Article Marriage and Family

The development of Christian family values is a central aspect of Christianity's ongoing self-interpretation in the 20th century. That development is linked to the growth of lay ministries, to the continuing reconciliation between the long-opposed body and the soul, and to the Vatican II shift toward seeing the church as being in service to the world (rather than the reverse). All of these changes are simultaneous, gradual, and interrelated.


Is your parish a good friend of the family?

U.S. Catholic| Print this pagePrint | Email this pageShare
Article Marriage and Family Parish Life

When I wrote a column several years ago about our church's silence on wife and child abuse, I was stunned at the number of letters I received from ordinary faithful Catholics living in abusive families. One short letter summed up the many:

"My husband abuses us physically and verbally all week long, but is considered a pillar of the parish because he ushers, counts money, and receives Communion every Sunday. We've heard dozens of sermons on volunteering in the parish but not one on abuse as a sin. Does the church ever think of what the family's like outside the pew?"


Is your parish a good friend of the family?

U.S. Catholic| Print this pagePrint | Email this pageShare
Article Marriage and Family Parish Life

When I wrote a column several years ago about our church's silence on wife and child abuse, I was stunned at the number of letters I received from ordinary faithful Catholics living in abusive families. One short letter summed up the many:

"My husband abuses us physically and verbally all week long, but is considered a pillar of the parish because he ushers, counts money, and receives Communion every Sunday. We've heard dozens of sermons on volunteering in the parish but not one on abuse as a sin. Does the church ever think of what the family's like outside the pew?"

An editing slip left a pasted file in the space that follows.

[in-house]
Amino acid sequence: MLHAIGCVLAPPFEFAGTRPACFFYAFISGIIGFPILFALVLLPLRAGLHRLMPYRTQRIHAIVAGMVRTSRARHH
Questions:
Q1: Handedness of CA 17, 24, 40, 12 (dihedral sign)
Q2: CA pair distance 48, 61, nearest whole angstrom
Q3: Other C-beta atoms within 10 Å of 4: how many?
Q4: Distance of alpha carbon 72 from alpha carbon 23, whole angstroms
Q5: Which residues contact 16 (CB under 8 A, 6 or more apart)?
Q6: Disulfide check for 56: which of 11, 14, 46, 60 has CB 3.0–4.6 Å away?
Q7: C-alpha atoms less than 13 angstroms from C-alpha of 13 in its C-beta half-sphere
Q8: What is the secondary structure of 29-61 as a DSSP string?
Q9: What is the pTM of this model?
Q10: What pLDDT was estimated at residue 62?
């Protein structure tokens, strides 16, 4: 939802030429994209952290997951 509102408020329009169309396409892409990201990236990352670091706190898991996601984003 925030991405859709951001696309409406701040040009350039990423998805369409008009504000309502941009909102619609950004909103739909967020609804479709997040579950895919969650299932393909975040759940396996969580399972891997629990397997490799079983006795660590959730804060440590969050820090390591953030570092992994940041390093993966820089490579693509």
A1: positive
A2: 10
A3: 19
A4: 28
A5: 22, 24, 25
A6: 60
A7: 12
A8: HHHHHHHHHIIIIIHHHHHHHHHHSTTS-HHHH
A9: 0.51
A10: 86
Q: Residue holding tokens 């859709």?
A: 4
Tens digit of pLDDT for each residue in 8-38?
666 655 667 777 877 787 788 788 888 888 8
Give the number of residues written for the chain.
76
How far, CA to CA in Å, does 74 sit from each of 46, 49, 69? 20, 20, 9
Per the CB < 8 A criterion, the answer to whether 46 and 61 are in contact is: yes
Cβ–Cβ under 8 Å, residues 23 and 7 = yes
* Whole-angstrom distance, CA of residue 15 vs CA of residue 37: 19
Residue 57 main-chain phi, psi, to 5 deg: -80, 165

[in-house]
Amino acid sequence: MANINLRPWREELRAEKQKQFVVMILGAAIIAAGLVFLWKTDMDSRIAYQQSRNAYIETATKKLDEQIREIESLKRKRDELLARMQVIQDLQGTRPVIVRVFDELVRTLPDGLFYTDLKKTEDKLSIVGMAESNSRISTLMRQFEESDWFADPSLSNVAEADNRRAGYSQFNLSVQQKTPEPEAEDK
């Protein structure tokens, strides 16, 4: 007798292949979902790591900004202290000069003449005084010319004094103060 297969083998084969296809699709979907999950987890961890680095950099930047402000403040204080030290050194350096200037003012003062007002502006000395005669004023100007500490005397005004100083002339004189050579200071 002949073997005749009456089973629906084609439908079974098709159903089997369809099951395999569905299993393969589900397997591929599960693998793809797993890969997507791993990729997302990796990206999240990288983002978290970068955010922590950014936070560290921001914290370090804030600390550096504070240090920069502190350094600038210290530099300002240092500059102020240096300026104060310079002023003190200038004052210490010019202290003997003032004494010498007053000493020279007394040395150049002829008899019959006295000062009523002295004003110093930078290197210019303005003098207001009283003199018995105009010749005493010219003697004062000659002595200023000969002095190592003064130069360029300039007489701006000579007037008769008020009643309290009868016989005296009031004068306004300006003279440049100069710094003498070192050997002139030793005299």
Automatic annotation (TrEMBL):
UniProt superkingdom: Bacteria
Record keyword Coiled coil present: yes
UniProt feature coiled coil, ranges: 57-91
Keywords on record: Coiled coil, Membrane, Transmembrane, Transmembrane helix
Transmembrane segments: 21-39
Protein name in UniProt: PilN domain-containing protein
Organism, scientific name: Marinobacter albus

Out of Africa -- The Editors Interview Father James Chukwuma Okoye, C.S.Sp.

By Father James ChukwumaOkoye| Print this pagePrint | Email this pageShare
Article Parish Life Scripture and Theology Spirituality

We hear that the church is growing fast in Africa. What's behind that growth?

In parts of Africa it is not growing. But where it is, I think we have to consider the grace of God. Because God's grace is mediated through culture, many also think it is because traditional African religion is close to Catholicism. The traditional religion is sacramental, with sacred words, places, and events.


What do you get out of Mass?

By Mary Lynn Hendrickson| Print this pagePrint | Email this pageShare
Article Parish Life Prayer and Sacraments

No doubt U.S. Catholic Reader C. Wall of Woodstock, Illinois speaks for many when she succinctly sums up what does and doesn't make for a good experience of the Mass. Good: "My family by my side, great homily, with a community I know." And the clinkers? "Poor, long, aimless homilies. Music I can't sing along with."